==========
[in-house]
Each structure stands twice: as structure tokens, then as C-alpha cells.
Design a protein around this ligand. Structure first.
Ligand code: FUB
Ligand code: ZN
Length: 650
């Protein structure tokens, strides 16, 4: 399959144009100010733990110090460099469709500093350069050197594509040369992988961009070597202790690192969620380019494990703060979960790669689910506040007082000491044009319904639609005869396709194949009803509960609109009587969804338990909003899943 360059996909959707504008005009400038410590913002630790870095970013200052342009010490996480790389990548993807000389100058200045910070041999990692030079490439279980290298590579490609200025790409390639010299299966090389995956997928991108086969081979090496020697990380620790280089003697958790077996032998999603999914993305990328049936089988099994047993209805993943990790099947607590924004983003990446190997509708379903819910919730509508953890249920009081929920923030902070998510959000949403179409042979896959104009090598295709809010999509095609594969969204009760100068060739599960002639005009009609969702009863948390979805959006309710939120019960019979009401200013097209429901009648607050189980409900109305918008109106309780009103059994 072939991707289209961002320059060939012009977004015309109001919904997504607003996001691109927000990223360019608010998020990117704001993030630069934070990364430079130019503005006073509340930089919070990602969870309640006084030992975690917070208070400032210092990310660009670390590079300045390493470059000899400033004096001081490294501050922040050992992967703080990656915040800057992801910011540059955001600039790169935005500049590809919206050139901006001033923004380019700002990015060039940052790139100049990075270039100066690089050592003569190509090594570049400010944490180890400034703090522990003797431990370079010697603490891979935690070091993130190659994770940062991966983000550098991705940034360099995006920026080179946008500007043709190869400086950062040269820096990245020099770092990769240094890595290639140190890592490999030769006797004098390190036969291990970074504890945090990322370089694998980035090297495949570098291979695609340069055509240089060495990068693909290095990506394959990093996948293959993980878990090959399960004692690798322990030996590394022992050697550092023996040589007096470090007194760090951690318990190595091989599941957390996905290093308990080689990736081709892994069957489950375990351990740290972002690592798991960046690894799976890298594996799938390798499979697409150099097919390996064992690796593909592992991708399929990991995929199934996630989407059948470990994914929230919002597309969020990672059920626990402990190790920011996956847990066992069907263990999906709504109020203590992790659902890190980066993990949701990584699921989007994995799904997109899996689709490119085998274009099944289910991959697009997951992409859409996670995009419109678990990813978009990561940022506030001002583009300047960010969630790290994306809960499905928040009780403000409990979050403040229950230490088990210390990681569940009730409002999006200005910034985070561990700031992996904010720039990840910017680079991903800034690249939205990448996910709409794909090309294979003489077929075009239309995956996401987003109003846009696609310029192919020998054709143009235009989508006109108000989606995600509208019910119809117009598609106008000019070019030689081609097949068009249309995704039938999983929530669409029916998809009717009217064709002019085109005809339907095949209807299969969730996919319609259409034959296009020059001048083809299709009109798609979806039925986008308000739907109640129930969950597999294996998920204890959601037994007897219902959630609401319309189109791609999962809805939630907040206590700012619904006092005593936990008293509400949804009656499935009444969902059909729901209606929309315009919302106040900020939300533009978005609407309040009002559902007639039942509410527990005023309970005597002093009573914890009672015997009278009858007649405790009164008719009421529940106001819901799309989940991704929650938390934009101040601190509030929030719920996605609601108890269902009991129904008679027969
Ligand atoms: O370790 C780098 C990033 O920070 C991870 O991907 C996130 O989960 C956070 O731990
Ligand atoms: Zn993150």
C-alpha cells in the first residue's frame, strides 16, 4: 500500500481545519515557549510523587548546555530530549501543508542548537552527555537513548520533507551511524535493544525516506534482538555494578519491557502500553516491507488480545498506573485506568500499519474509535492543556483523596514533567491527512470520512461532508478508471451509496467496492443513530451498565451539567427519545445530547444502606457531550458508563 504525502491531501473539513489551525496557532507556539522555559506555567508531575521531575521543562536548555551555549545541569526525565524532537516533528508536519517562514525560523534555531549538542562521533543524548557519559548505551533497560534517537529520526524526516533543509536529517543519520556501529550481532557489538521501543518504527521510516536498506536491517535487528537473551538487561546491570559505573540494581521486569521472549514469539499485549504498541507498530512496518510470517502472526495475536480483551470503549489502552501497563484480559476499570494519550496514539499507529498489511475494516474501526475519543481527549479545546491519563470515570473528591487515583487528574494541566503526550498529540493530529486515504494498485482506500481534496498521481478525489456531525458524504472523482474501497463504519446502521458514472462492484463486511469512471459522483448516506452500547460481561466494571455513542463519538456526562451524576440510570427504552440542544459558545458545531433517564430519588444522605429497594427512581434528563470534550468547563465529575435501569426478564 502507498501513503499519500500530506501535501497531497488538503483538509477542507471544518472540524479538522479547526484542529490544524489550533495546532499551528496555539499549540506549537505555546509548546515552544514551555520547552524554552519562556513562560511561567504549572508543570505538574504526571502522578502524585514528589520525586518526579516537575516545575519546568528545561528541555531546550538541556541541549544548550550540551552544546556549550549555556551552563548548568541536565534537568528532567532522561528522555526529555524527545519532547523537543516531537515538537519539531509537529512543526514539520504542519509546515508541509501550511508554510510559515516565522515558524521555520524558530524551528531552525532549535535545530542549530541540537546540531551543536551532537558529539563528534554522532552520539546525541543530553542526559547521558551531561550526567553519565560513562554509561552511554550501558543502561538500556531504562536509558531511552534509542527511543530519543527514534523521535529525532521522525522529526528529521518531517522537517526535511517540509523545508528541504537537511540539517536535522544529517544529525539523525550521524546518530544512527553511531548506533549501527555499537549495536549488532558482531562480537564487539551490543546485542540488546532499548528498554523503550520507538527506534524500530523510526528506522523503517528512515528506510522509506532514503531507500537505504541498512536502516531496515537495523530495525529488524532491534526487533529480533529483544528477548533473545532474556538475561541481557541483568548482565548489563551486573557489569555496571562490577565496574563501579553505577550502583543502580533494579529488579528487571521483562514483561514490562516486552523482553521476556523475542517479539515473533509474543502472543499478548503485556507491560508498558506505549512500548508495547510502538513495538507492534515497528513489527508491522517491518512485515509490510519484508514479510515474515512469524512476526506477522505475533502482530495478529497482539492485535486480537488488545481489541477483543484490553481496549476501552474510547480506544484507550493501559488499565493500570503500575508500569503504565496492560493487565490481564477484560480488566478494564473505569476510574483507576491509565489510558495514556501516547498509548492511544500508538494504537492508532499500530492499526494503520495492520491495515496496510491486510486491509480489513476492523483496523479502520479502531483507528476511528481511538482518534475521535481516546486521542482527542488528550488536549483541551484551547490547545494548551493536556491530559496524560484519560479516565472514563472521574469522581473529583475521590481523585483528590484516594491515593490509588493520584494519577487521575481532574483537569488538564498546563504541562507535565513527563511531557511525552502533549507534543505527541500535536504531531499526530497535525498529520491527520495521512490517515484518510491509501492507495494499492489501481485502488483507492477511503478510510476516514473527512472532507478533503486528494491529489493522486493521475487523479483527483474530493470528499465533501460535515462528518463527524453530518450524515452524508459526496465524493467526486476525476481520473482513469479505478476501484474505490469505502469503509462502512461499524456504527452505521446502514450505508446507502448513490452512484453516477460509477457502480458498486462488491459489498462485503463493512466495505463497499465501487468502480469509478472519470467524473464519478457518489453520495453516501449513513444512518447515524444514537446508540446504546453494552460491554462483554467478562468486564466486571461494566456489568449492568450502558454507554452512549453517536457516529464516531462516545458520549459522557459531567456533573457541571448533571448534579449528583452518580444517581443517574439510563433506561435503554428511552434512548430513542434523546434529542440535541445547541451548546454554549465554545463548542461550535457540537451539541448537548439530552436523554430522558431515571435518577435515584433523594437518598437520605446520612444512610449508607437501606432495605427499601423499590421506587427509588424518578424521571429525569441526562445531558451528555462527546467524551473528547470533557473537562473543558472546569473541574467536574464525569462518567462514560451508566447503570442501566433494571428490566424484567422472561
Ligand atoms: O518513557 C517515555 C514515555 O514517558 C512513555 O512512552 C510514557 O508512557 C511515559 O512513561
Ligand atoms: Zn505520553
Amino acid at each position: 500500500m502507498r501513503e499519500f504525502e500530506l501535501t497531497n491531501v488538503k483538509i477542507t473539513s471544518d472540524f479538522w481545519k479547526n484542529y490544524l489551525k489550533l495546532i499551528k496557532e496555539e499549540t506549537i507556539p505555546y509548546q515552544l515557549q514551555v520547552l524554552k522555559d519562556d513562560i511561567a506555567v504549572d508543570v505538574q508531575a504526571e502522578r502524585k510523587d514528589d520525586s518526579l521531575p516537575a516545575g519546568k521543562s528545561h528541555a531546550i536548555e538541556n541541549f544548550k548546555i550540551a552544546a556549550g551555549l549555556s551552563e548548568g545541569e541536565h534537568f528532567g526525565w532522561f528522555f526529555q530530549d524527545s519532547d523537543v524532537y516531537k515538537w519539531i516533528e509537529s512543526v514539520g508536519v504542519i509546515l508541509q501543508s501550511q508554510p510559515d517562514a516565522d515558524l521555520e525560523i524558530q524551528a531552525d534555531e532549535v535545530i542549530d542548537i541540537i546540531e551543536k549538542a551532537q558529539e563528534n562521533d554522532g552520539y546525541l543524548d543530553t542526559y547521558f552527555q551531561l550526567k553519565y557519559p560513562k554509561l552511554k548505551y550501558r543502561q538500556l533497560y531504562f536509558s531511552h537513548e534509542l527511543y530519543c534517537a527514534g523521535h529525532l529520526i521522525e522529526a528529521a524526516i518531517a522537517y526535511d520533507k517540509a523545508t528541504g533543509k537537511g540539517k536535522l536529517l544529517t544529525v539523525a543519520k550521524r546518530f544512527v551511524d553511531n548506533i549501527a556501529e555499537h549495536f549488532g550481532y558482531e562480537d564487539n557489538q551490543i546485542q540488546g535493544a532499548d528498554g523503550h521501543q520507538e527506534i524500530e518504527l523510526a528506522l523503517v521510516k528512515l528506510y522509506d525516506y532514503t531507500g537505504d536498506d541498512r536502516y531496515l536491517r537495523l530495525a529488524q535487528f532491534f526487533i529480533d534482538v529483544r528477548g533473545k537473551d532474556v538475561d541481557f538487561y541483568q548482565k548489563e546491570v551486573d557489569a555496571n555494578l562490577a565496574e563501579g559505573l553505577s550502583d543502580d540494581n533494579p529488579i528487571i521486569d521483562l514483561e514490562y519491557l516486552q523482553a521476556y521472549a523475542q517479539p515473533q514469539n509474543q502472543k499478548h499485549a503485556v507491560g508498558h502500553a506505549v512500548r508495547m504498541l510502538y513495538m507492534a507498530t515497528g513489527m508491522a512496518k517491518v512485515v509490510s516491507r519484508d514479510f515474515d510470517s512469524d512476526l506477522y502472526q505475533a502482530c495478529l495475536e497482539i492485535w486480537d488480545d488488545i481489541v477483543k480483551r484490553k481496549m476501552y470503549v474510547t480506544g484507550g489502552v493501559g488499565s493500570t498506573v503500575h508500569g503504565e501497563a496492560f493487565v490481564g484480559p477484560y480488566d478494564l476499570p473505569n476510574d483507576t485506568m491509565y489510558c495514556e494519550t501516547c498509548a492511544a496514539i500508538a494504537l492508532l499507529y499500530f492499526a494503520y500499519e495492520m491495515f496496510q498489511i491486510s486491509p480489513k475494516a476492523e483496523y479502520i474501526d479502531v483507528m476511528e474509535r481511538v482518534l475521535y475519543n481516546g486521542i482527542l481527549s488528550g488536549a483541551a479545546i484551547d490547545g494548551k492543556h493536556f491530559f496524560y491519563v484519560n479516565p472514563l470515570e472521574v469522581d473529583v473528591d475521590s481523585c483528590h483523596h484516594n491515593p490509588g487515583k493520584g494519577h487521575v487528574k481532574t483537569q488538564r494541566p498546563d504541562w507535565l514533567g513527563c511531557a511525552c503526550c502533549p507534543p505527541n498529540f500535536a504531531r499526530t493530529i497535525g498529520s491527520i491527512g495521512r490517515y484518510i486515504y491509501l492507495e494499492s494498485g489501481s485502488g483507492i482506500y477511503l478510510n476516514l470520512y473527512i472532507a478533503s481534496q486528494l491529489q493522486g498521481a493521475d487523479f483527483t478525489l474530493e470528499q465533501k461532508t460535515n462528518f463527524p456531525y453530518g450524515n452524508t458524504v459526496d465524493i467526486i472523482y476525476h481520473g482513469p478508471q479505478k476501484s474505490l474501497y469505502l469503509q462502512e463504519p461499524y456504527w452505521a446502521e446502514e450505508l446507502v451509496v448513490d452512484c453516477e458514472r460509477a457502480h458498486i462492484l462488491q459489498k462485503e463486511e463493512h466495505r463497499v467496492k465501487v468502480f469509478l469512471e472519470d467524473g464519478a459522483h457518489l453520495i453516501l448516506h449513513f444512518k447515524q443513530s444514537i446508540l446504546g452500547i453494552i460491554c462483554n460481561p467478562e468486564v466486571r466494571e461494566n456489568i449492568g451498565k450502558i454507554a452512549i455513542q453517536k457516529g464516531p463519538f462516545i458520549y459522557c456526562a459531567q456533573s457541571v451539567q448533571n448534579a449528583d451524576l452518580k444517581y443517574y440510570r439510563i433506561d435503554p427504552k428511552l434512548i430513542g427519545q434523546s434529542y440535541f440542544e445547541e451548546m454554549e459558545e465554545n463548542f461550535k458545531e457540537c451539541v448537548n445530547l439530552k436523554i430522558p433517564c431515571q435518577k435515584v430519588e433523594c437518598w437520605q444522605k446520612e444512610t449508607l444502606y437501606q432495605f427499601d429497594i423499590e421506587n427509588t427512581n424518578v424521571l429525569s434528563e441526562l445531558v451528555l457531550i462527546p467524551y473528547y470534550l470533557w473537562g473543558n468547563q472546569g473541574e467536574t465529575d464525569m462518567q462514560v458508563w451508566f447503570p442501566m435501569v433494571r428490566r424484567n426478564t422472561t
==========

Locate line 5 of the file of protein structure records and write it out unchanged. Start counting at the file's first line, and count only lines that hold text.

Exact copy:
Ligand code: ZN